Jim Mountfield, the pseudonym under which I write horror stories, has had a new piece of fiction published. It appears in the spring 2016 edition of a magazine called Blood Moon Rising.
The story is a short and nasty piece called The Balloon. However, despite its shortness and nastiness, it’s a good example of the unlikely and random way that different elements of a story can come together and form a single whole. A bit of the story originates in one place, another bit originates in a different place, and so on. Thus, the writer ends up like Frankenstein, sewing parts of different bodies together to make a brand new creature. (And that’s an appropriate analogy when you’re talking about horror stories.)
A while back, I read an interview with the Dutch director Tom Six, the man who gave us such yummy movies as The Human Centipede (2009), The Human Centipede II (2011) and – surprise! – The Human Centipede III (2015), which are about stitching people’s mouths to other people’s anuses so that they end up as a crawling, conjoined chain of bodies with a single alimentary tract. It goes without saying that everyone who isn’t at the front of the human centipede gets a ‘bum’ deal.
Asked how he’d come up with such a crazed idea in the first place, Six claims he thought of it after watching a news report about a paedophile. “His crimes were so awful I asked myself, ‘What’s the most extreme punishment that could be handed out to him?’” Then Six answered his own question by imagining some highly unsavoury mouth-to-bum surgery.
This surprised me, by the way. I’d always assumed Six came up with the idea for The Human Centipede after he’d asked himself: “What’s the grossest thing I can stick in a horror movie, so that blood-and-gore-obsessed teenagers the world over will shell out money to see it and make me a fortune?”
Anyway, that got me thinking: what’s the most extreme punishment I could give to a paedophile in a story?
It also made me remember something. A decade ago, I’d been travelling in Cambodia and one night in Phnom Penh, having drunk a few beers too many, I wandered into what looked like a nice relaxed beer garden with an outdoor bar in the middle of it. Gradually, though, I realised that the Cambodian barmaids there seemed a bit too young; while the customers – all Western men – seemed a bit too old. And leery.
I ended up sitting at the bar counter opposite a slightly Lolita-esque barmaid and I started lecturing her about how she ought to pack in her job, get away from these dirty old men, go back to school and get some proper qualifications. Being rather pissed, I spoke too loudly, and I soon noticed that there were a couple of sleazy-looking British men sitting along the counter from me, muttering at me in disapproval. But I had the sense to get my beer down me and stride out of that dubious joint before I got into a fight.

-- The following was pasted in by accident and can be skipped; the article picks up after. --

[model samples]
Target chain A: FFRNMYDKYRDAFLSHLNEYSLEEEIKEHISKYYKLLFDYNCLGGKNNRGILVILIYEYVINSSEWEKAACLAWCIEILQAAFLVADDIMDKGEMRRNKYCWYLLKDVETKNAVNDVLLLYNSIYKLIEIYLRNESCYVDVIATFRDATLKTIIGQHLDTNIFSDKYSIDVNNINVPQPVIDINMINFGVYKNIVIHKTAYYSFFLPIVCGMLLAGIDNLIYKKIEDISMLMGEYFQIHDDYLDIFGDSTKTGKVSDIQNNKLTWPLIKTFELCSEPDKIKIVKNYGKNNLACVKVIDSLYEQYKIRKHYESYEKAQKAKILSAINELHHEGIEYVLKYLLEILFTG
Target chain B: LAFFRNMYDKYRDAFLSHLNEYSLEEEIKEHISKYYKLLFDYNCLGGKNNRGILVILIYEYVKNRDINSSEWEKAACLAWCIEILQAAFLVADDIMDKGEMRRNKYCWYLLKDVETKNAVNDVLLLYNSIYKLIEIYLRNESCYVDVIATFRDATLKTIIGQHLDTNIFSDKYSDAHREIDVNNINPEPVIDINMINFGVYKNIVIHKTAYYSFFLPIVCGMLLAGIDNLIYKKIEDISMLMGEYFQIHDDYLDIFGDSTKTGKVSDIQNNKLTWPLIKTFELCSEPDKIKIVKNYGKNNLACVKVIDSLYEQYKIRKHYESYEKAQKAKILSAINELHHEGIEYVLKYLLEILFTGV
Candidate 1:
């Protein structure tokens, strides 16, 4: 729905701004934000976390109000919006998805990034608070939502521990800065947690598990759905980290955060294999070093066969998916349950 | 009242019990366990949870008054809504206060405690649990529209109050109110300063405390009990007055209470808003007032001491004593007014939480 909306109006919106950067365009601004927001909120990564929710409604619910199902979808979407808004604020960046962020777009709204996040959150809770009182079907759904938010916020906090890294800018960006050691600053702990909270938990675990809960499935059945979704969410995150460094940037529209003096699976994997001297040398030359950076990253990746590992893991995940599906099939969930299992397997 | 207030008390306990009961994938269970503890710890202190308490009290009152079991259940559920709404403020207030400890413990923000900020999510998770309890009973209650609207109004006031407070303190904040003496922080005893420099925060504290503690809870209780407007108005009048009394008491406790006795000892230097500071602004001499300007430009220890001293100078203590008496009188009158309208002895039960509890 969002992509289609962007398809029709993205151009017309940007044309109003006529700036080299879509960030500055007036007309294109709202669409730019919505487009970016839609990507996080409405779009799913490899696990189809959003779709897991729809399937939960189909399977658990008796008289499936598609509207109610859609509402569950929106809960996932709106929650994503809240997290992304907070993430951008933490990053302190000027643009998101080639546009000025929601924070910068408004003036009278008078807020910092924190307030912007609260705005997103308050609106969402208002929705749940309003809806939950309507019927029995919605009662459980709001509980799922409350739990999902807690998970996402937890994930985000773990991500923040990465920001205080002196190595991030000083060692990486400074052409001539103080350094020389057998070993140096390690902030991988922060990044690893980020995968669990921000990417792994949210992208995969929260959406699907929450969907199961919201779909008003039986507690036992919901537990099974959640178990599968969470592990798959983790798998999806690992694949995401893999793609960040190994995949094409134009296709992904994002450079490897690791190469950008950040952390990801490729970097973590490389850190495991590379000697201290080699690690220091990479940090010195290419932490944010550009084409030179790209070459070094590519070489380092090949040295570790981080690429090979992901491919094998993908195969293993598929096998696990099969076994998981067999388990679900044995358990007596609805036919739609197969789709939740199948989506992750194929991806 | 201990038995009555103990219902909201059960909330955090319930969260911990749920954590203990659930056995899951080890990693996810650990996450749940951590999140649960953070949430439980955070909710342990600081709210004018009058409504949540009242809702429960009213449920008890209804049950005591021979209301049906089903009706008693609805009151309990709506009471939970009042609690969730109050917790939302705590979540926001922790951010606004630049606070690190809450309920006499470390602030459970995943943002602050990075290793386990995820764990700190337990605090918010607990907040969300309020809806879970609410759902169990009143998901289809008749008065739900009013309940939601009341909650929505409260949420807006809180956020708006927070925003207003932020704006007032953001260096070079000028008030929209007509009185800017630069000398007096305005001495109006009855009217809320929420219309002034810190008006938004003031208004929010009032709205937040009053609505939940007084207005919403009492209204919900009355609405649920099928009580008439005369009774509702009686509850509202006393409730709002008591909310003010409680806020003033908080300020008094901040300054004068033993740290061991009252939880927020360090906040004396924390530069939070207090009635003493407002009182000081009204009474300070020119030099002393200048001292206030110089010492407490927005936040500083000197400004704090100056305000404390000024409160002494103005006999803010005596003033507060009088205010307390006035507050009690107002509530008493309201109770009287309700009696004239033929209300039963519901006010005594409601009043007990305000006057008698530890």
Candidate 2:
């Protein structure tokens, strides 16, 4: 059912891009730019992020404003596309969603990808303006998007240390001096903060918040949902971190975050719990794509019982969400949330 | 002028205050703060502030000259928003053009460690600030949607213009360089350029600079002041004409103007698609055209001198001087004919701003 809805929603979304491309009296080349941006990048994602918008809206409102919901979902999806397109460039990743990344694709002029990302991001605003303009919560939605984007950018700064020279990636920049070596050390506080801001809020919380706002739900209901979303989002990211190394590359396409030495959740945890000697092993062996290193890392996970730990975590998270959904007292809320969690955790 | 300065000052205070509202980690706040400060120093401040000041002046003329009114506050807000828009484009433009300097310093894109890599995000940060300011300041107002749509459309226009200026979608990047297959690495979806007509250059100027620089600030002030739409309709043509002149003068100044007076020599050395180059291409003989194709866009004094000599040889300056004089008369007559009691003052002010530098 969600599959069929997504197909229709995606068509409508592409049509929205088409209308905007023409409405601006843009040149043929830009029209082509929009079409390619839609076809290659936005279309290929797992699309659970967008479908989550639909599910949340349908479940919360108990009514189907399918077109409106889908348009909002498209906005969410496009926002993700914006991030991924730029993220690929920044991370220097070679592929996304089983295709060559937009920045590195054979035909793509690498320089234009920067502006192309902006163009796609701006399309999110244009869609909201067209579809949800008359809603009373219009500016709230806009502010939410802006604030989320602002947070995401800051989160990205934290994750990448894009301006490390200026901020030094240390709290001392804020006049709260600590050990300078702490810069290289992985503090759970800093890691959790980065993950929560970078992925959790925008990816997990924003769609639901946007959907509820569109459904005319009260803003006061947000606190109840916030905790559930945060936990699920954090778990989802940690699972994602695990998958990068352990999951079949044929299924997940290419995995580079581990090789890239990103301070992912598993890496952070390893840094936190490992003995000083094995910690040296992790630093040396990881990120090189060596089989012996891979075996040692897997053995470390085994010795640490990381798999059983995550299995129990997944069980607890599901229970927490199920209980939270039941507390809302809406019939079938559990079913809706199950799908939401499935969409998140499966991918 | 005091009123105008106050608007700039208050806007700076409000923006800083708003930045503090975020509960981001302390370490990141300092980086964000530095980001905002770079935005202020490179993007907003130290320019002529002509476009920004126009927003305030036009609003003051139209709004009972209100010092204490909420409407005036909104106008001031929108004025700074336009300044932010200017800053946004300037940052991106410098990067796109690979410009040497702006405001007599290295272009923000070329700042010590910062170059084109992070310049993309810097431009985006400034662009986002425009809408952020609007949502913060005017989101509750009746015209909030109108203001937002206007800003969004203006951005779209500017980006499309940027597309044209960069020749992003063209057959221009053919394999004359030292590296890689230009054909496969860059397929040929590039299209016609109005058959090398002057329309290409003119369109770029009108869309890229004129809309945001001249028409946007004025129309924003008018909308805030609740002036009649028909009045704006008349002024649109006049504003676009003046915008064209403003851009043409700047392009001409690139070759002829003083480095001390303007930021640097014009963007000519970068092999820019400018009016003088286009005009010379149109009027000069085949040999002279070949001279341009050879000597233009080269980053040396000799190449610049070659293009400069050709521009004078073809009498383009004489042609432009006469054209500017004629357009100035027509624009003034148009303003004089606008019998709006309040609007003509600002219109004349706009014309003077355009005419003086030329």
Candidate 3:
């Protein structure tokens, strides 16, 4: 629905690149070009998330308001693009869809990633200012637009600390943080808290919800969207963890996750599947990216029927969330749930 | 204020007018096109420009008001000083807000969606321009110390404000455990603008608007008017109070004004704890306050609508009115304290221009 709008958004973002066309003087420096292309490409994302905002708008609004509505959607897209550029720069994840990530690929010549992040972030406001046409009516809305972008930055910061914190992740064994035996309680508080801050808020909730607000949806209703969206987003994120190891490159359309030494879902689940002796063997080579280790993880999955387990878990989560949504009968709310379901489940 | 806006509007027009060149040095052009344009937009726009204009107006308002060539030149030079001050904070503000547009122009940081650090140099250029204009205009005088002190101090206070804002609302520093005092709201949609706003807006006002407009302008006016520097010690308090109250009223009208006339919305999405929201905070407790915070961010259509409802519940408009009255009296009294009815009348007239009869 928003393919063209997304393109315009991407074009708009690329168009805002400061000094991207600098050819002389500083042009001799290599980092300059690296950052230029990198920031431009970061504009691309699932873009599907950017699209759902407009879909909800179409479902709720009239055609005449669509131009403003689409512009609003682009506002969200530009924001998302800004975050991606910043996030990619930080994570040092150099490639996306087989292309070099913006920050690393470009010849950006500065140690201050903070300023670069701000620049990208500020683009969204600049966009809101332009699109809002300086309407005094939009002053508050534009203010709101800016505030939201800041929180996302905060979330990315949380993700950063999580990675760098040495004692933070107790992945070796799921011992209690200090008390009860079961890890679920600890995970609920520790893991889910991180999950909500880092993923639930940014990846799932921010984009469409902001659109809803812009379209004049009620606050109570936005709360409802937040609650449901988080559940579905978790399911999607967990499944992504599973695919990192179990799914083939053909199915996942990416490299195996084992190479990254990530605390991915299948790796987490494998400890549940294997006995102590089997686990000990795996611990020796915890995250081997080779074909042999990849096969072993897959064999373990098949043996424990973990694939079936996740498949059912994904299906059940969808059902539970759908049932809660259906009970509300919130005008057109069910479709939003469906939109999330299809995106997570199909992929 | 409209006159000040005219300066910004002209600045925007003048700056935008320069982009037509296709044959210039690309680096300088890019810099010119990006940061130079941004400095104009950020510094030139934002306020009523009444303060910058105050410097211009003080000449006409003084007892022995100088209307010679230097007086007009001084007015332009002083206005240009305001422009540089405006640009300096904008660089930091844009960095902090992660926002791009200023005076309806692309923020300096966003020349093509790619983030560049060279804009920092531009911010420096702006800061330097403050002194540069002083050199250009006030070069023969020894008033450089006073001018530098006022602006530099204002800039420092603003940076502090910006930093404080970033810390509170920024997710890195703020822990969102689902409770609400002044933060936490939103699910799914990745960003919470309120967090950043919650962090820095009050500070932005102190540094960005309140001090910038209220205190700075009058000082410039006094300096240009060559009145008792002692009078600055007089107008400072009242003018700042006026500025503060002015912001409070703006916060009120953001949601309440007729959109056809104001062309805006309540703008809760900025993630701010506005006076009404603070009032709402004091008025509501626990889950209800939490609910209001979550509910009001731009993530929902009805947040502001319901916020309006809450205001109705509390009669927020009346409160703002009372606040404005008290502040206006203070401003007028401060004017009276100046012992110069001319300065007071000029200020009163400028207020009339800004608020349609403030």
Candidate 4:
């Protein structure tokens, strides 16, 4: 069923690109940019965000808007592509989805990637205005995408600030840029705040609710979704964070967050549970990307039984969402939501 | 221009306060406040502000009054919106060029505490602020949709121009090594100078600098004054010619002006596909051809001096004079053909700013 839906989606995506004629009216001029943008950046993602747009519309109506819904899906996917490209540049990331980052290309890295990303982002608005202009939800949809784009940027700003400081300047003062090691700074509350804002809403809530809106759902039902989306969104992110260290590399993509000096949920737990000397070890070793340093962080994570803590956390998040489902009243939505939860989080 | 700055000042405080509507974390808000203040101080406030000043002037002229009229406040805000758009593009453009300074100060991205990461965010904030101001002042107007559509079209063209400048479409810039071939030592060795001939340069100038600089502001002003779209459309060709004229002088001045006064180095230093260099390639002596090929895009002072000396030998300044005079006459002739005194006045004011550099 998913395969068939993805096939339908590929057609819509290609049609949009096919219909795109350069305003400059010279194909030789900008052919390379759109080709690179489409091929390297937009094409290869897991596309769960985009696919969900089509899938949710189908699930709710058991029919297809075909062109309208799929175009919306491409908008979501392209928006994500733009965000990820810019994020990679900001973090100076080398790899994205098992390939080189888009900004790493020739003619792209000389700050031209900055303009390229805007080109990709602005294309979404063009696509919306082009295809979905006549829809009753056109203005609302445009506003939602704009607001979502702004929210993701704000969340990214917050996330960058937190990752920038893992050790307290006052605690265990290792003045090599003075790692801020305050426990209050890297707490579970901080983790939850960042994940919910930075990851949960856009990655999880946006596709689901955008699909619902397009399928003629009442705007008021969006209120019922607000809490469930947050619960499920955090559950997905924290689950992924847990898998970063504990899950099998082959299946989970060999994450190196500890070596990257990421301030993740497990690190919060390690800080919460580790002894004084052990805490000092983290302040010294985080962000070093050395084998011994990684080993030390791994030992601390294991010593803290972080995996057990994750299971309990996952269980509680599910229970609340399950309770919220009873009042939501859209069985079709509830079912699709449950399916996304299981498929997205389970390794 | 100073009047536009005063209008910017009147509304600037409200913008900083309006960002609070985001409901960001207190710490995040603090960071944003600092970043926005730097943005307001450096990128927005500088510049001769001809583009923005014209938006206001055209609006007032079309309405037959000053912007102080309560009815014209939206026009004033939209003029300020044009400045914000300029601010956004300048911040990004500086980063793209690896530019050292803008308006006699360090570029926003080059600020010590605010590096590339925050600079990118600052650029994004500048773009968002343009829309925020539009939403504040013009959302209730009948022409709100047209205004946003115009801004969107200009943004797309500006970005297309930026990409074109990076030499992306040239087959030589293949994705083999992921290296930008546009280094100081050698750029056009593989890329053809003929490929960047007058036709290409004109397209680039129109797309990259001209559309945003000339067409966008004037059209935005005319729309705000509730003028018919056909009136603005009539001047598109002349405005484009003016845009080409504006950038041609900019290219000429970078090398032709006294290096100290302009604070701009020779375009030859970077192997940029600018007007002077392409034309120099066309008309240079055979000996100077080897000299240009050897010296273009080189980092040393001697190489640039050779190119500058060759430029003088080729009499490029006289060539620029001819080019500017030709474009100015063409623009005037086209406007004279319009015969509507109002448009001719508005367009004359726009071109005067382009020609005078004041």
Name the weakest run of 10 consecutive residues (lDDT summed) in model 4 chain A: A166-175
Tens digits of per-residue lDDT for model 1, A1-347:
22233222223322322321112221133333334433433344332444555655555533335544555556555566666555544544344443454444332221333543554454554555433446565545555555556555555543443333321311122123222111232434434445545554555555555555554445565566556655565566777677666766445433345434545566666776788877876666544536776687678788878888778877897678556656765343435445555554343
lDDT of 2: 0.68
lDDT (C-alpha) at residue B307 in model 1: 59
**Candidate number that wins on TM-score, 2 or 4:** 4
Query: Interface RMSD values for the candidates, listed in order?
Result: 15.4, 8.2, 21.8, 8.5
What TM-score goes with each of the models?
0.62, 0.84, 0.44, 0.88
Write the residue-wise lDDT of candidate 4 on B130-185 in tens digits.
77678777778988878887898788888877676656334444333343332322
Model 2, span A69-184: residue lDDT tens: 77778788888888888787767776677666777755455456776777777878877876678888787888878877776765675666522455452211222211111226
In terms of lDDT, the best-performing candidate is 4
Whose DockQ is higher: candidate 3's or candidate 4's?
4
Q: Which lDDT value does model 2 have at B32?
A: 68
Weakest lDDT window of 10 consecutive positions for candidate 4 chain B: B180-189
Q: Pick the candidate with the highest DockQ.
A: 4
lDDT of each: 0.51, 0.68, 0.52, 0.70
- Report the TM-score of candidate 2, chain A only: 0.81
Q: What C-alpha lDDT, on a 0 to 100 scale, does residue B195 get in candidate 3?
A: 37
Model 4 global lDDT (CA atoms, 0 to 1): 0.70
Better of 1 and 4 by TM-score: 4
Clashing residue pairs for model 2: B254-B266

The next day, I took a boat along the Tonle Sap River to Siem Reap, which is near the crumbling, jungle-overrun but still stunning temple complex at Angkor Wat. Somehow, those two things, the grotesque punters in that bar in Phnom Penh and the venerable temples of Angkor Wat, got linked in my mind.
Then, two years ago in India, I visited a different sort of historical site. This was the Qutab complex in Delhi, where the massive Qutab Minar minaret built between the 12th and 14th centuries soars above an area of ruins, courtyards, pillars, pavilions, lawns, hedgerows and trees. There, I saw something else that lodged in my mind. As I wrote in my notebook at the time: “At least one end of the Qutab site was below the level of the neighbouring road. There were railings along the roadside and a group of little kids had gathered behind them. Apparently, they’d been playing with a big red balloon and the balloon had come down on the wrong side of the railings, into the grounds of the site, and landed on top of some medieval masonry a couple of yards below them. Now they were yelling down through the railings, trying to get the attention of some visitor who’d be kind and brave enough to clamber up onto the masonry and retrieve their balloon for them.”
And then all the story elements were in place: temple-ruins half-swallowed by the jungle, like in Angkor Wat; a lost kid’s balloon, like I’d seen at Qutab Minar; and a squalid old tourist who’s in a southern Asian country not to sightsee but because of his unhealthy interest in the country’s youngsters, which was the impression I’d got of those bar-customers in Phnom Penh. And from this, I managed to write The Balloon.
The magazine featuring the story can be accessed online, here:
And the last time I checked, The Balloon itself was available here. Read it if you dare.